Free the Press
The topics were provocative: The possible impeachment of President George Bush and Vice President Dick Cheney. How to stop an American invasion of Iran. And what to do about the corporate lapdog press.
Actually, at the National Conference for Media Reform, the first two were, in part, the reason for the third topic, which brought me and 3,500 other journalists and activists to Memphis earlier this month.
The waitress at the Beale Street hole-in-the-wall where I had dinner laughed at my attempts to explain the meeting. “It’s about trying to take control of the media from the corporations and give it back to the people,” I told her.
Her joking response showed the disconnect between this movement and the general public. The mainstream press may be losing readers right and left and under siege by everyone from Wall Street to bloggers to talk-show pontificators on both ends of the political spectrum. But the average person doesn’t connect the problem to corporate ownership.
Ironically, many journalists who work for corporate-owned media probably now do make that connection, since they’ve seen the Wall Street sharks ripping their industry to shreds in the last few years. A growing Wal-Martization of the media leaves an ever-dwindling number of reporters to cover local debates or issues of national and worldwide import.
Last year’s downsizing at The Dallas Morning News, for instance, cut the paper’s editorial staff significantly and reduced its Washington, D.C., bureau to a mere skeleton – so you won’t be seeing nearly as many Texas-specific stories out of the nation’s capital these days.
But folks in San Jose, Calif. may be hearing more news than ever about Fort Worth. NBC/GE plans to eliminate two of its Spanish-language newscasts originating there and replace them with news from a central hub in Fort Worth.
The national media reform movement, now about five years old, is picking up speed. It calls for diverse, truthful, and inclusive coverage by a (little d) democratic press that refuses to be a lapdog for Bush or anyone else and for legislation to break up ownership monopolies that are a large part of the problem.
In essence, the folks at the conference have decided they no longer have the luxury of simply complaining about the kind of flawed, uncourageous reporting that they believe helped get the United States into Iraq. They have set out to change the media at its roots and to publicize world-changing issues they think are now being submarined by most major daily newspapers and tv stations.
Beyond Iraq, the conference buzzed with fears of a war with Iran. David Swanson, Washington director of Democrats.com, said that, in the next couple of months, the New Mexico legislature probably will ask Congress to begin impeachment proceedings against Bush and Cheney. He said that future presidents must be stopped from using the maverick precedents set by Bush as the basis for further assaults on the Constitution and civil liberties.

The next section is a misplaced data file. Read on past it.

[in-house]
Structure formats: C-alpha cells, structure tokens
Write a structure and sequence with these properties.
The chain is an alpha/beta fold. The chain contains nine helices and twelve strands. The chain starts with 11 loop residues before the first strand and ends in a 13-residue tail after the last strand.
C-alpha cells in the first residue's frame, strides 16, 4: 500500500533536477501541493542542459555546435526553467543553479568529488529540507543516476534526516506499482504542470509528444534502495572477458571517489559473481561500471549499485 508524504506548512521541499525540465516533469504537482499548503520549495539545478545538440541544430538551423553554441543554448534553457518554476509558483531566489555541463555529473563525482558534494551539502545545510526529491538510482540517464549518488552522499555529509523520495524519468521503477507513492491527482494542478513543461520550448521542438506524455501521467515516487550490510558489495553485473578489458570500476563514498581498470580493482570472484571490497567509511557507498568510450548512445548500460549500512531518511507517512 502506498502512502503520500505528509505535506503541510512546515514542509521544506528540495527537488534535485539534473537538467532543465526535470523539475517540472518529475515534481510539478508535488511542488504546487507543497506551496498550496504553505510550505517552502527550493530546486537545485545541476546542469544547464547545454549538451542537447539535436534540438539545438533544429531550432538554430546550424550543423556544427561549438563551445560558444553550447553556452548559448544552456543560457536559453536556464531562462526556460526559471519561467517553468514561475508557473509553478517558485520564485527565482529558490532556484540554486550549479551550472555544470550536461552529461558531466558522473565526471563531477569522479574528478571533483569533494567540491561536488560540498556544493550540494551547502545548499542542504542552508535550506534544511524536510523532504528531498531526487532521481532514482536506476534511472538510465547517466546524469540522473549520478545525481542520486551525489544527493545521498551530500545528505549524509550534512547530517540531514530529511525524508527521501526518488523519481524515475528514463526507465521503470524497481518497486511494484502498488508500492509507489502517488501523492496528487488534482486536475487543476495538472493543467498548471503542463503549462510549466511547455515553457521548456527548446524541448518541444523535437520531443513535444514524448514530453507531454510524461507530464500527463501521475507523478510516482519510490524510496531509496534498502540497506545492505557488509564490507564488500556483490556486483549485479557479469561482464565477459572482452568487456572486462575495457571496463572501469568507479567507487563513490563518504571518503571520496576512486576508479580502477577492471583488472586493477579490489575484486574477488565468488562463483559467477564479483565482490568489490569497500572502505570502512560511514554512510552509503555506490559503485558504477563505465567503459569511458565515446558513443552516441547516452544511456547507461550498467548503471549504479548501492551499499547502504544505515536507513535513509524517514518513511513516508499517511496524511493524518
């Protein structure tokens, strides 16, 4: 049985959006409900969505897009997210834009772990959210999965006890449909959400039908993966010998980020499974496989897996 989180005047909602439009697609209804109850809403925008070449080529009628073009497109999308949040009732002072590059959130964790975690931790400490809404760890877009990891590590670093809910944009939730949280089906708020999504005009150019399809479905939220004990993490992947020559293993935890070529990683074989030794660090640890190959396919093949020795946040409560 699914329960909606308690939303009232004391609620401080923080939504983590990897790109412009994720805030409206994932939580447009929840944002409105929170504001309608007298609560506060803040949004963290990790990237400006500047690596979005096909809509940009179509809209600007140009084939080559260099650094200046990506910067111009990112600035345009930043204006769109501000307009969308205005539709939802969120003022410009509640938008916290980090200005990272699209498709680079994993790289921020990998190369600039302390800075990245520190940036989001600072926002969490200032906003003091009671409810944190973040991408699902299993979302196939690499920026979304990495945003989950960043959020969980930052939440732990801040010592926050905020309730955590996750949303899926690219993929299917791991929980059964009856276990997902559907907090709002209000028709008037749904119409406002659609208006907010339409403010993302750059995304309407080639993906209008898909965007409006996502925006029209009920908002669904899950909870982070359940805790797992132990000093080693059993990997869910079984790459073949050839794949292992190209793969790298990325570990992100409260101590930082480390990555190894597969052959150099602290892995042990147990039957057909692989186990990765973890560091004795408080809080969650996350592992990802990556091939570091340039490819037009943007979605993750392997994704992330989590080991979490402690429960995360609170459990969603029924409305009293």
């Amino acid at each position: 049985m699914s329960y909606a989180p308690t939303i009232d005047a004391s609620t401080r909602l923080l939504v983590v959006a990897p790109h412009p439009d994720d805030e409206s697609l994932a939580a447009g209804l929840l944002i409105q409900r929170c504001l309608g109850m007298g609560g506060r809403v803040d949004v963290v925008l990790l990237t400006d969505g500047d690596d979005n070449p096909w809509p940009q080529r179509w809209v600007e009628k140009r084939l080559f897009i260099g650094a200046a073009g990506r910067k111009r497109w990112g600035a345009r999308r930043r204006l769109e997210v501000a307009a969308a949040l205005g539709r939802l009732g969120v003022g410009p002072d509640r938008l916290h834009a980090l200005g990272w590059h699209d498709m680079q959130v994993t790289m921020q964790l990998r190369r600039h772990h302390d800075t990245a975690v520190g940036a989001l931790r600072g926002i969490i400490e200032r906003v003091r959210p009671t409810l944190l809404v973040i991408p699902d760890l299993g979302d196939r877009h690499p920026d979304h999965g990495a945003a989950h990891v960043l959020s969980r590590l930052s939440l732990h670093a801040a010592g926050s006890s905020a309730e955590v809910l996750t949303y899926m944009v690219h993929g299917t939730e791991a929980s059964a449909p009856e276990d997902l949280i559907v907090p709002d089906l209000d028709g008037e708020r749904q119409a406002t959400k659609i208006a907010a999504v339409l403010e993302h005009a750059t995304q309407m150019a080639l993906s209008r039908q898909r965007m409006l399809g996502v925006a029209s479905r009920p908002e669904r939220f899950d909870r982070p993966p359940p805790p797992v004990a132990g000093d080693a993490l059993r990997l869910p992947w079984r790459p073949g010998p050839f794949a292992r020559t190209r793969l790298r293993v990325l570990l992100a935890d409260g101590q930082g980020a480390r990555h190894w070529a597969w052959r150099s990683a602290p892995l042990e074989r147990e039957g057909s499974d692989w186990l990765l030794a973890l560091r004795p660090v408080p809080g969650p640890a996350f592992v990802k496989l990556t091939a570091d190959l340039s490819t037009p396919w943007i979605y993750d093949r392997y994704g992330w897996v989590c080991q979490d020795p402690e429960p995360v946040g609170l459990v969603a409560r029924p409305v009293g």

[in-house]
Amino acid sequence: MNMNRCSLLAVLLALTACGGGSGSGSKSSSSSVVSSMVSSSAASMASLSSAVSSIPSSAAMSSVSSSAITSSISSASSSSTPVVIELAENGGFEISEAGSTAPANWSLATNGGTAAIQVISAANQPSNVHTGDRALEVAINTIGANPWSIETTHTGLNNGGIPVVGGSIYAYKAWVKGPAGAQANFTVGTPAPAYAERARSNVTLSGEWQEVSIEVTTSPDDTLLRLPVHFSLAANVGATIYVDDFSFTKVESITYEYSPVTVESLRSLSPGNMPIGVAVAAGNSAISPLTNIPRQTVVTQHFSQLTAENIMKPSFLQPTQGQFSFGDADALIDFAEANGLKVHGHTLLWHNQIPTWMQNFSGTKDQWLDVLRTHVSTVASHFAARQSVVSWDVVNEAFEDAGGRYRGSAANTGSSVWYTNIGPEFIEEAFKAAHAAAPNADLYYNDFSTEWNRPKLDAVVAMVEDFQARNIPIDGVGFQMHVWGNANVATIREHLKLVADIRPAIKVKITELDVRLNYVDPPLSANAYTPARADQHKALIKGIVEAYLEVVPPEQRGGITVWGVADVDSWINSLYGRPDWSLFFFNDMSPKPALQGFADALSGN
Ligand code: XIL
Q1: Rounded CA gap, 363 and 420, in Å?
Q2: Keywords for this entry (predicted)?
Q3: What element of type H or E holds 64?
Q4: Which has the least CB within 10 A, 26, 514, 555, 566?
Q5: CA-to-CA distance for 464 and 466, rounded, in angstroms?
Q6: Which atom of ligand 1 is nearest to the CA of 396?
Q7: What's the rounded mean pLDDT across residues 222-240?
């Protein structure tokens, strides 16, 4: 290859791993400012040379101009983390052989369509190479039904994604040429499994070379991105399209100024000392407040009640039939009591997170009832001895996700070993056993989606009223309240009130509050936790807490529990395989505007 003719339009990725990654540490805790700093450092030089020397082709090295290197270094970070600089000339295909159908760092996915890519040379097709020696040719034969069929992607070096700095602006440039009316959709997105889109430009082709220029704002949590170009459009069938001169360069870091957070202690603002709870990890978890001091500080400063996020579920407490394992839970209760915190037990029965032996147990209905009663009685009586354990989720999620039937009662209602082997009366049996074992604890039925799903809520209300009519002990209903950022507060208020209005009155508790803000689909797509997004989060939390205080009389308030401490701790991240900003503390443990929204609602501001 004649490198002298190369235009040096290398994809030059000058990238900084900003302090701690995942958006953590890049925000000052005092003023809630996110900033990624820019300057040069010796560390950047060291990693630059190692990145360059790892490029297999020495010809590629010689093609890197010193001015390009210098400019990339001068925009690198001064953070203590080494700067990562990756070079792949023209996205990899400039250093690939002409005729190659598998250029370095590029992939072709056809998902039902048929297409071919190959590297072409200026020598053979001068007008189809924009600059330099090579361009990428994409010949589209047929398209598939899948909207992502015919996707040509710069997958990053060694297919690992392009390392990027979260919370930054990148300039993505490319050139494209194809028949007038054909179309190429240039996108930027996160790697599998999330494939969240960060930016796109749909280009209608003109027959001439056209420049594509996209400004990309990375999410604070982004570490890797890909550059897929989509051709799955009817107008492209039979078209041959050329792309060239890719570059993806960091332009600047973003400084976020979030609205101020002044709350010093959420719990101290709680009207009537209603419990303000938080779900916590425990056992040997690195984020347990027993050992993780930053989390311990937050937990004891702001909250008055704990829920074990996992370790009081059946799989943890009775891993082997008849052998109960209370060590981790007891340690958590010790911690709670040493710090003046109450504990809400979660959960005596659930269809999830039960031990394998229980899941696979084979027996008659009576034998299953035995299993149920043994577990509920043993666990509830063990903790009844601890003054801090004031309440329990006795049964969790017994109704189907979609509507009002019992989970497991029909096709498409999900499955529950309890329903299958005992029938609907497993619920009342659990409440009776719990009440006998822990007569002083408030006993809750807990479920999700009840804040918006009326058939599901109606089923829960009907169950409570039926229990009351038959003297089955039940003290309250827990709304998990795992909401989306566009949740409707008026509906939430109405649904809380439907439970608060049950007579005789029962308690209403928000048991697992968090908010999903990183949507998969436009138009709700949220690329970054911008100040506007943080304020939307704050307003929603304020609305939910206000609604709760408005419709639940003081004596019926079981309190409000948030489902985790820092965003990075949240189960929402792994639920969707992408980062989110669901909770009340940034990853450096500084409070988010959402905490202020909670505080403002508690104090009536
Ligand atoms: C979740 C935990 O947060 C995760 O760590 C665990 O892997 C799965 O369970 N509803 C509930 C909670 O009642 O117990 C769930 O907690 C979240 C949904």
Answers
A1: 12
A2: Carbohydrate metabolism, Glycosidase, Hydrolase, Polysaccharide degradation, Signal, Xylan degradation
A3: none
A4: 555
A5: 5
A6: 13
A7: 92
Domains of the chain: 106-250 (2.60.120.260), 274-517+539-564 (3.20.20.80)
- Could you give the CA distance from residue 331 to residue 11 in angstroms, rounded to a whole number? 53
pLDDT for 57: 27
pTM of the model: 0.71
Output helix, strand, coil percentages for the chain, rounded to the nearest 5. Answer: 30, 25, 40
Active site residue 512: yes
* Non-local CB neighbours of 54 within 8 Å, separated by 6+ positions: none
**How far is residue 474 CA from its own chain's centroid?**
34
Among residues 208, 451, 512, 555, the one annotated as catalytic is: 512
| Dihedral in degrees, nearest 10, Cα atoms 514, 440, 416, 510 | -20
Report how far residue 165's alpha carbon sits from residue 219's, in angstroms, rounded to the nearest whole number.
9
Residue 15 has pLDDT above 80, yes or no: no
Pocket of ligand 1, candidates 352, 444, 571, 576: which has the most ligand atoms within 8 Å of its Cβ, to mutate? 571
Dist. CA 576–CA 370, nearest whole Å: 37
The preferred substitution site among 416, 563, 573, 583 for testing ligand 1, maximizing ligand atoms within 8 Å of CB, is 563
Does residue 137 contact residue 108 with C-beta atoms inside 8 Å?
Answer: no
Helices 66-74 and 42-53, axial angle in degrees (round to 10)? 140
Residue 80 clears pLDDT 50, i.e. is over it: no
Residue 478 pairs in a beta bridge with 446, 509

Paul Rieckhoff, founder of Iraq and Afghanistan Veterans of America, said the current wars stand out in American history for having been sanitized by the media. “You really don’t see the depth of sacrifice,” he said. “You never see a dead American soldier on the news.”
He talked about the failure of mainstream coverage to tell Americans what is happening to the Iraqi people and condemned the embedding of journalists. Those reporters make life more dangerous for other journalists, he said, because the Iraqis then see all reporters as just an arm of the military – and embedding makes that all too likely. “You can’t criticize me if I’m covering your ass,” he said.
Jane Fonda talked about Abir al Jenabi, the 14-year-old girl who was allegedly raped and murdered by U.S. soldiers in 2006. The same soldiers are also accused of killing her family and burning their home to cover the evidence. “The ringleader had a criminal record and a history of drug problems. The army granted him a ‘moral waiver,’” Fonda said. She recently founded a Women’s Media Center to investigate such policies.
U.S. Sen. Bernie Sanders of Vermont said that for issues like healthcare, global warming, or the war, “you’re kidding yourself if you’re not concerned with corporate control of the media.”
If the media is a mirror held up to America, he said, “we want that mirror to reflect the lives of ordinary people” – including union members and war protesters. In 2003, he said, “Day after day those of us who opposed the war were holding press conferences that you never saw. … In terms of the war in Iraq, the American media … are as responsible as President Bush for the disaster that now befalls us.”
Members of Congress at the conference said they want to discuss the fairness doctrine that, until the late 1980s, required equal time for issues debated on broadcast channels. They also want Congress to reconsider the Telecommunications Act, which increased media consolidation.
“The country today is at one of the most critical moments in its history,” U.S. Rep. Maurice Hinchey of New York said – and it needs a free, fair, and independent press more than ever.